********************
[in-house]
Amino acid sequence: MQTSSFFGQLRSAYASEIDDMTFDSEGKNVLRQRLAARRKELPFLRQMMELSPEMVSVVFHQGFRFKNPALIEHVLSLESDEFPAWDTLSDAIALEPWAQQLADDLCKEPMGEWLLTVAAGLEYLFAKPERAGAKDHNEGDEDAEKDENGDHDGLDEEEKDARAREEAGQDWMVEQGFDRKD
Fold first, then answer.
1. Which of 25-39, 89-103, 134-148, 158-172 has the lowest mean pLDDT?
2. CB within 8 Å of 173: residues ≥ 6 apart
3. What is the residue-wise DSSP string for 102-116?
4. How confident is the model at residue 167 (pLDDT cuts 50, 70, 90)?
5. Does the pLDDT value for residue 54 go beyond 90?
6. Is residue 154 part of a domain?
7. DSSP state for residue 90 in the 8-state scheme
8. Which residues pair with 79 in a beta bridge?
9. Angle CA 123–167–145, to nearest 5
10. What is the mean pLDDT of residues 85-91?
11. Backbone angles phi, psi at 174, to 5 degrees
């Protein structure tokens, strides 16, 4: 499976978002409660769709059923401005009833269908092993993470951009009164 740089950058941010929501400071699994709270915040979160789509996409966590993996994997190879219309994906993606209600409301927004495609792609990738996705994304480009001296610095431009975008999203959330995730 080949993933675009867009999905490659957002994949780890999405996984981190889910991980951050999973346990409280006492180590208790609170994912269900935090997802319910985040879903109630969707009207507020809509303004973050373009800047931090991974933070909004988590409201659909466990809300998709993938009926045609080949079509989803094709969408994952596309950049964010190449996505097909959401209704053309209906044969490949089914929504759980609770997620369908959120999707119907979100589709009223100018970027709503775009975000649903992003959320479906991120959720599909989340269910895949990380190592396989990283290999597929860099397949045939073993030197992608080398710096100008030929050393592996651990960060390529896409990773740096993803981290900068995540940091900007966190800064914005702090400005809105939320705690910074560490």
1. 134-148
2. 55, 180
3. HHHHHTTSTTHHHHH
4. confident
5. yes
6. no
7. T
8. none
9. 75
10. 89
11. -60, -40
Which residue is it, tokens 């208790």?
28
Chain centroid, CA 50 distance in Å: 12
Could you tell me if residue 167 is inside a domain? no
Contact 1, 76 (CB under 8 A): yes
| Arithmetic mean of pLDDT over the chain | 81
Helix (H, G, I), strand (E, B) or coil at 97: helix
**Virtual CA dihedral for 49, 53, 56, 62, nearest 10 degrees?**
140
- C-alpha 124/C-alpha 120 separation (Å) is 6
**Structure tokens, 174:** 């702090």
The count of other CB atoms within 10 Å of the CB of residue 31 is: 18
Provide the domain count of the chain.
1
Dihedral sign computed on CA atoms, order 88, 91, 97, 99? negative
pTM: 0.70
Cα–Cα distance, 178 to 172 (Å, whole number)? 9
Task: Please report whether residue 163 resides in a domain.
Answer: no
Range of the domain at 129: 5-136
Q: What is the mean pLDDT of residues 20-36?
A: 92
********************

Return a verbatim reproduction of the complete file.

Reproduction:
[in-house]
Amino acid sequence: MQTSSFFGQLRSAYASEIDDMTFDSEGKNVLRQRLAARRKELPFLRQMMELSPEMVSVVFHQGFRFKNPALIEHVLSLESDEFPAWDTLSDAIALEPWAQQLADDLCKEPMGEWLLTVAAGLEYLFAKPERAGAKDHNEGDEDAEKDENGDHDGLDEEEKDARAREEAGQDWMVEQGFDRKD
Fold first, then answer.
1. Which of 25-39, 89-103, 134-148, 158-172 has the lowest mean pLDDT?
2. CB within 8 Å of 173: residues ≥ 6 apart
3. What is the residue-wise DSSP string for 102-116?
4. How confident is the model at residue 167 (pLDDT cuts 50, 70, 90)?
5. Does the pLDDT value for residue 54 go beyond 90?
6. Is residue 154 part of a domain?
7. DSSP state for residue 90 in the 8-state scheme
8. Which residues pair with 79 in a beta bridge?
9. Angle CA 123–167–145, to nearest 5
10. What is the mean pLDDT of residues 85-91?
11. Backbone angles phi, psi at 174, to 5 degrees
């Protein structure tokens, strides 16, 4: 499976978002409660769709059923401005009833269908092993993470951009009164 740089950058941010929501400071699994709270915040979160789509996409966590993996994997190879219309994906993606209600409301927004495609792609990738996705994304480009001296610095431009975008999203959330995730 080949993933675009867009999905490659957002994949780890999405996984981190889910991980951050999973346990409280006492180590208790609170994912269900935090997802319910985040879903109630969707009207507020809509303004973050373009800047931090991974933070909004988590409201659909466990809300998709993938009926045609080949079509989803094709969408994952596309950049964010190449996505097909959401209704053309209906044969490949089914929504759980609770997620369908959120999707119907979100589709009223100018970027709503775009975000649903992003959320479906991120959720599909989340269910895949990380190592396989990283290999597929860099397949045939073993030197992608080398710096100008030929050393592996651990960060390529896409990773740096993803981290900068995540940091900007966190800064914005702090400005809105939320705690910074560490």
1. 134-148
2. 55, 180
3. HHHHHTTSTTHHHHH
4. confident
5. yes
6. no
7. T
8. none
9. 75
10. 89
11. -60, -40
Which residue is it, tokens 């208790």?
28
Chain centroid, CA 50 distance in Å: 12
Could you tell me if residue 167 is inside a domain? no
Contact 1, 76 (CB under 8 A): yes
| Arithmetic mean of pLDDT over the chain | 81
Helix (H, G, I), strand (E, B) or coil at 97: helix
**Virtual CA dihedral for 49, 53, 56, 62, nearest 10 degrees?**
140
- C-alpha 124/C-alpha 120 separation (Å) is 6
**Structure tokens, 174:** 């702090």
The count of other CB atoms within 10 Å of the CB of residue 31 is: 18
Provide the domain count of the chain.
1
Dihedral sign computed on CA atoms, order 88, 91, 97, 99? negative
pTM: 0.70
Cα–Cα distance, 178 to 172 (Å, whole number)? 9
Task: Please report whether residue 163 resides in a domain.
Answer: no
Range of the domain at 129: 5-136
Q: What is the mean pLDDT of residues 20-36?
A: 92